Beyond Buildings


Rest Stops Make Us American

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Minnesota rest stop. Courtesy: Panoramio


By the time this blog post is up, the rest stops in Minnesota will probably be open. Thank heavens. Not only will the truckers have someplace to pee, but so will the patriots and the perverts. Those are the three people groups we associate with such conveniences: the stops are places where truckers converge not only to relieve themselves, but also to rest and perhaps socialize. It is where families stop not only to take care of business, but also to learn about the state through which they are traveling. And it is where people with certain needs and desires that they feel they cannot meet at home or in a more traditional setting go to find sex.


As a piece of architecture, rest stops, which many of us will be visiting for many reasons during this summer season, are something between infrastructure, civic representation, and (inadvertent) stage set. They are a necessary part of the interstate highway network that tied this country together starting under the Eisenhower administration, although there does not seem to be a uniform standard for them I could find, in the manner that there is for minimum height of bridges or curves of exit ramps. As spaces, they are generally completely cut off from their surroundings, appearing as bulges in the canal of asphalt, median, signs and other paraphernalia that make up interstate highways. That makes them into strange mixtures of a landscape that is part of the surroundings, and an area shaped by the curves of the on- and off-ramps, the parking areas, and other utilitarian concerns.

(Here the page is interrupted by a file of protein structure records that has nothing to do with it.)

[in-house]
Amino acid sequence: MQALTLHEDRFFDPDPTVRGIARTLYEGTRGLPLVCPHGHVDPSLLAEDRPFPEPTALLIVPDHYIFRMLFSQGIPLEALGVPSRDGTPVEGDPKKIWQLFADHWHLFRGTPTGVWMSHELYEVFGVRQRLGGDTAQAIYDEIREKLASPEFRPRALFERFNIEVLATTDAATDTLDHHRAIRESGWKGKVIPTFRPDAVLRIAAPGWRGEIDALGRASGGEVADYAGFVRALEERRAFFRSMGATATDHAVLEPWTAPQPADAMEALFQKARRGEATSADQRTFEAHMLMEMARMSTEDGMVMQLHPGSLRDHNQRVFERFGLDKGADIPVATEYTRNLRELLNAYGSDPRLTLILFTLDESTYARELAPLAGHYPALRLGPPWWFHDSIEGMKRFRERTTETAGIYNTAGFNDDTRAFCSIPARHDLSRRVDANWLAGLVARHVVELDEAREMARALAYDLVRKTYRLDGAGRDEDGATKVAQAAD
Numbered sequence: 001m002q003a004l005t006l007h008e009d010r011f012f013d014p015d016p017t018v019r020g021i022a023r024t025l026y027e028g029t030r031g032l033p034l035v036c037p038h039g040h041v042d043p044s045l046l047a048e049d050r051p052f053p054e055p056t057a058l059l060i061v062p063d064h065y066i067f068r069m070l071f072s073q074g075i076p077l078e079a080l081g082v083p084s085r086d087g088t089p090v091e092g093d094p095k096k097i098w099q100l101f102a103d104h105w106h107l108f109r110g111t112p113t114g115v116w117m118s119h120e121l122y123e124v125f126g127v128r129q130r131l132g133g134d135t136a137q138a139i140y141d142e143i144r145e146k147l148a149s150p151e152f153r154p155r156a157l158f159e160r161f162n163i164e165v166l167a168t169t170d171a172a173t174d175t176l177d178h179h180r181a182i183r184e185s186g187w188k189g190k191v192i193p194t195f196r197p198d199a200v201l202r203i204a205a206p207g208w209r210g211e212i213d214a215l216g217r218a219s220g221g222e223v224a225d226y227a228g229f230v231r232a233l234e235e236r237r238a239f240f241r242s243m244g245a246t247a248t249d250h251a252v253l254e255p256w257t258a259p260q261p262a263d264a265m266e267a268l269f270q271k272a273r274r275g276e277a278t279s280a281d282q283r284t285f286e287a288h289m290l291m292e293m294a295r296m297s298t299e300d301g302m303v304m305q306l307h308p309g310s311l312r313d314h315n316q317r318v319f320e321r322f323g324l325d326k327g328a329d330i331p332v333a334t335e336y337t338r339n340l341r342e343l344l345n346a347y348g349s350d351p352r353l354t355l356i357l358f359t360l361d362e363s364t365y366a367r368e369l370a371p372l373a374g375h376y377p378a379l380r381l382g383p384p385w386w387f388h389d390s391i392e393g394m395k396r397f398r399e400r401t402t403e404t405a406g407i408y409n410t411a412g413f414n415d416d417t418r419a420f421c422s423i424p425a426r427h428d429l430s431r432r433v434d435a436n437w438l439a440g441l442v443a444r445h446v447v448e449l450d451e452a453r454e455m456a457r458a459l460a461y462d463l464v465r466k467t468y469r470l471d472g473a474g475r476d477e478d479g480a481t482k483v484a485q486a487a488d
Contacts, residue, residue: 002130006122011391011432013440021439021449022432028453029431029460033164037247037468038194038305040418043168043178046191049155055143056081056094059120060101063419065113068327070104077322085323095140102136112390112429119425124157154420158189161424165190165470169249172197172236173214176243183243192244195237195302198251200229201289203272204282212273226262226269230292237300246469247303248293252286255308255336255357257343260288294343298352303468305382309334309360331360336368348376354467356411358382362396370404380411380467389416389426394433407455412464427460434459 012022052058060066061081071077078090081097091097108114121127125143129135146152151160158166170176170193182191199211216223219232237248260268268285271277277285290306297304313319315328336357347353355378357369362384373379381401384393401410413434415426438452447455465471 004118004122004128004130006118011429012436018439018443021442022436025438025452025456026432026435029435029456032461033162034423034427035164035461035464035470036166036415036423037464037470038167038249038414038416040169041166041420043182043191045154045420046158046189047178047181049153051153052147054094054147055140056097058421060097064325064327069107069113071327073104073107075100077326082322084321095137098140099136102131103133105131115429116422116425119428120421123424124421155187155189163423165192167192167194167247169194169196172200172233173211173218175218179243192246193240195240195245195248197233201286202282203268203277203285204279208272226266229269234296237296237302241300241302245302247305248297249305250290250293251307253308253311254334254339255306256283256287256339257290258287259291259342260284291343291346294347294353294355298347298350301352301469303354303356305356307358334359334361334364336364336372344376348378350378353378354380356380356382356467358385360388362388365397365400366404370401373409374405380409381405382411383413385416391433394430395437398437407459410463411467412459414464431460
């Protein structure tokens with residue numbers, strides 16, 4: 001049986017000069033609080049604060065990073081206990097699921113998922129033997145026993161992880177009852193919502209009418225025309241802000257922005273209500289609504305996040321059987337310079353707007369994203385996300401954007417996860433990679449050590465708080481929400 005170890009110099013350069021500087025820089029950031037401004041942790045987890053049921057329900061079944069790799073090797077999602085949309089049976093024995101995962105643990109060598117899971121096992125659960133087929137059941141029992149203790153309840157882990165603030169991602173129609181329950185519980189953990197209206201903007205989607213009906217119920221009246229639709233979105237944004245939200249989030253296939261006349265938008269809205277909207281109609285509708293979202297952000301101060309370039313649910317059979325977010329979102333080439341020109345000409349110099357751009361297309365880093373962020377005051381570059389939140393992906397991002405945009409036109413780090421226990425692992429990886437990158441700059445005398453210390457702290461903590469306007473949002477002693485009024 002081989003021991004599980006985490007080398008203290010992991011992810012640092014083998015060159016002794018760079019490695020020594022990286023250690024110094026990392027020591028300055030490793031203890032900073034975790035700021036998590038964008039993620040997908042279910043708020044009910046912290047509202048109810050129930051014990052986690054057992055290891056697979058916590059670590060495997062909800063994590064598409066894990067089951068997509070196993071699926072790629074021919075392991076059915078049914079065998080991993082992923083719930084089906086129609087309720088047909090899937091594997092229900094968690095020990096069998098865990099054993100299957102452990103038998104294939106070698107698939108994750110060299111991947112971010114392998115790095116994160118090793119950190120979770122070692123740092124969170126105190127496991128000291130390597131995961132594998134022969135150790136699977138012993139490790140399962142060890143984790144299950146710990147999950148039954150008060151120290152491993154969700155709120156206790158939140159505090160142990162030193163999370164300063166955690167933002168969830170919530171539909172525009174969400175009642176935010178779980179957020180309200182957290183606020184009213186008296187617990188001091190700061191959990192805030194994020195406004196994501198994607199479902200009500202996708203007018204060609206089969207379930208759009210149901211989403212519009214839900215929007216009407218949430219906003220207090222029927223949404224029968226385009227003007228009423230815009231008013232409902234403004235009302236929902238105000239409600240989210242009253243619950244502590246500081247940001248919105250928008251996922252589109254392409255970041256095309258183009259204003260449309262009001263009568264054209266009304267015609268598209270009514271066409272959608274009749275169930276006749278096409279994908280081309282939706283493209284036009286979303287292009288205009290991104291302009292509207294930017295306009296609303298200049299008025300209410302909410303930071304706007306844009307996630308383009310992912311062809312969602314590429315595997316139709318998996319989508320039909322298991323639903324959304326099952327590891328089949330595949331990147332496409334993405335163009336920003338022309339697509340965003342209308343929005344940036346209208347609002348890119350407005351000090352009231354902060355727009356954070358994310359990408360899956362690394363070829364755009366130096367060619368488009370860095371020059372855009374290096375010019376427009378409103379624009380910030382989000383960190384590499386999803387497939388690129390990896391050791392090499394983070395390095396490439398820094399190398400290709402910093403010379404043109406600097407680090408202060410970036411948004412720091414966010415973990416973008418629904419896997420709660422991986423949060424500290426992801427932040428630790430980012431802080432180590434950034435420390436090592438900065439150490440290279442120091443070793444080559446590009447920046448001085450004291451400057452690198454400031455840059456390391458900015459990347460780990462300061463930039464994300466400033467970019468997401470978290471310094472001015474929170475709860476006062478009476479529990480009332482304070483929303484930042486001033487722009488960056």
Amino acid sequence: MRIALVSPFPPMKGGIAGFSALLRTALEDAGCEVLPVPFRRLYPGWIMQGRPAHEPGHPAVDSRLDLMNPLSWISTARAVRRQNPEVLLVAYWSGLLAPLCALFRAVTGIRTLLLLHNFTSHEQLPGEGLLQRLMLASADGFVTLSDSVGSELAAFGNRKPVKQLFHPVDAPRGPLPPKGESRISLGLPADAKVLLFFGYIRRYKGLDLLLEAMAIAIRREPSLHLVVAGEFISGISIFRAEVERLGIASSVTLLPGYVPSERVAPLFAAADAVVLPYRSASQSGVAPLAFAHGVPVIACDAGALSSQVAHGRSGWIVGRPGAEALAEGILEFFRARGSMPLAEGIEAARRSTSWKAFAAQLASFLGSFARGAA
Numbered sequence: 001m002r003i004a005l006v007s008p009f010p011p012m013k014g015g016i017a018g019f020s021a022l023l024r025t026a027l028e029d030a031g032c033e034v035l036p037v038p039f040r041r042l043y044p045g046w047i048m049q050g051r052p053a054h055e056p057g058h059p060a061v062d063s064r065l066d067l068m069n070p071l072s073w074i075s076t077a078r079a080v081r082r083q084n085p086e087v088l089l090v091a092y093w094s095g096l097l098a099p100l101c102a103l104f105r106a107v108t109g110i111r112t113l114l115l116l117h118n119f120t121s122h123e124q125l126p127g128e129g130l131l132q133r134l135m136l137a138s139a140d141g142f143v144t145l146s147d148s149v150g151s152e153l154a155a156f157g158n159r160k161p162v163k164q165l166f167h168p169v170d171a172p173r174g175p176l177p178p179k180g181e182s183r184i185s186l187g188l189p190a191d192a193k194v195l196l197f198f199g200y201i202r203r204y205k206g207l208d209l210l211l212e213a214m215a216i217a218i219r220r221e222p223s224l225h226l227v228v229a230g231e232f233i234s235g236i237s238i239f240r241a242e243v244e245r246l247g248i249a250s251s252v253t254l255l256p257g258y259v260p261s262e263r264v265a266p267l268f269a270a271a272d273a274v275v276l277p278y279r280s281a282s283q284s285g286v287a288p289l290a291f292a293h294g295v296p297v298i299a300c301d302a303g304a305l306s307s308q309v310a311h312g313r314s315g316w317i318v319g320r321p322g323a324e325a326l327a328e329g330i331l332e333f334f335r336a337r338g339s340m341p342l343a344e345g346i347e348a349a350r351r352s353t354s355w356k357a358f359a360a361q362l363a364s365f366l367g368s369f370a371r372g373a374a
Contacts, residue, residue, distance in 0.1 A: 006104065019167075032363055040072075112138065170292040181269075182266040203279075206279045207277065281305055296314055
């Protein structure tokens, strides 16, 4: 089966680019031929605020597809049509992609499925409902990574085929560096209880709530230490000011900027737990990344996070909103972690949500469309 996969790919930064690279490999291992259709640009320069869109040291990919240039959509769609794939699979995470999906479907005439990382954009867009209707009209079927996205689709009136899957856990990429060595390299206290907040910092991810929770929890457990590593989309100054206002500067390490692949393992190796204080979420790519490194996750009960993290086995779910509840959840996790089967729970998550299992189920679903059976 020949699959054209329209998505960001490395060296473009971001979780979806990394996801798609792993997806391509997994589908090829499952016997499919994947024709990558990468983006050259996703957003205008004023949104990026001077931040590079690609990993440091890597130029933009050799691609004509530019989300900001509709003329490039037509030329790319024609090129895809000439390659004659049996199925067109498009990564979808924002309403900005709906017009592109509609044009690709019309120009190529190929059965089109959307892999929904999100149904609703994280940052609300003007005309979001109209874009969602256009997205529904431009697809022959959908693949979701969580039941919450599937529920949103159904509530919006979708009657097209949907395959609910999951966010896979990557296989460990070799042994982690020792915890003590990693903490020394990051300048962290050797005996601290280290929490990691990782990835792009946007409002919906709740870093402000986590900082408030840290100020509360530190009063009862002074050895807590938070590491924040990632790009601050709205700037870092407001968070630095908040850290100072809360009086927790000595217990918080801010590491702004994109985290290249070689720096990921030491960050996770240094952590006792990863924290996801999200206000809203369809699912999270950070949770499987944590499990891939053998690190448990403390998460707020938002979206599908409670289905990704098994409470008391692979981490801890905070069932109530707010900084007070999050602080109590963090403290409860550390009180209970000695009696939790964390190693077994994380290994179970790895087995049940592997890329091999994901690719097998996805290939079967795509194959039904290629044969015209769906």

Functionally, rest areas go from the grand to the grotty: they can be fully equipped service areas with restaurants and even hotels, a veritable Edge City node without any influence on the neighborhood; they can be fueling areas as well as rest areas, or they can be just places for toilets. The rest area strictly speaking is the latter: a place to rest, with a toilet facility, vending machines, and information such as maps or a way to reach the highway police.


Virginia rest stops. Courtesy: Richmond Times-Dispatch


When I first arrived in this country after growing up in Europe, I marveled not so much at the rest areas, as the type is much more sophisticated in Europe, as at the manner in which many of the structures, especially in New England, tried to discipline their utilitarian functions with brick, white-painted wood trim, gabled roofs and even vestigial turrets. They were a cross between George Washington’s home and a church of convenience. The anonymous designers working for the highway departments of Connecticut or New Jersey had tried to make them into calling cards for what they felt was the historic character of the state, spreading Neo-Colonial architecture along with the ribbons of transportation as the lingua franca of the American state.


Few states, notably ones in the West, such as Colorado and California, have experimented with modern architecture for their rest areas. Minnesota, from what I can see in news reports and what I remember from visits, is firmly in the Neo-Colonial camp. What that style has to do with the vernacular or the geography of that great state, I have no idea, but it confirms that rest areas, no matter what use we make of them, or where they are, aim to be part of something we share and believe should be provided to us. This summer, we should remember that such humble structures also make us Americans.




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About the Blogger

Aaron Betsky

thumbnail image Aaron Betsky is the director of the Cincinnati Art Museum, and in 2008 he was director of the 11th Venice International Architecture Biennale. Trained as an architect at Yale, he has published more than a dozen books on art, architecture, and design and teaches and lectures about design around the world. Aaron worked for Frank O. Gehry and Associates and Hodgetts & Fung Design Associates as a designer, taught for many years at the Southern California Institute of Architecture, and between 1995 and 2001 was curator of architecture and design at the San Francisco Museum of Modern Art. From 2001 to 2006 he was director of the Netherlands Architecture Institute in Rotterdam, the Netherlands.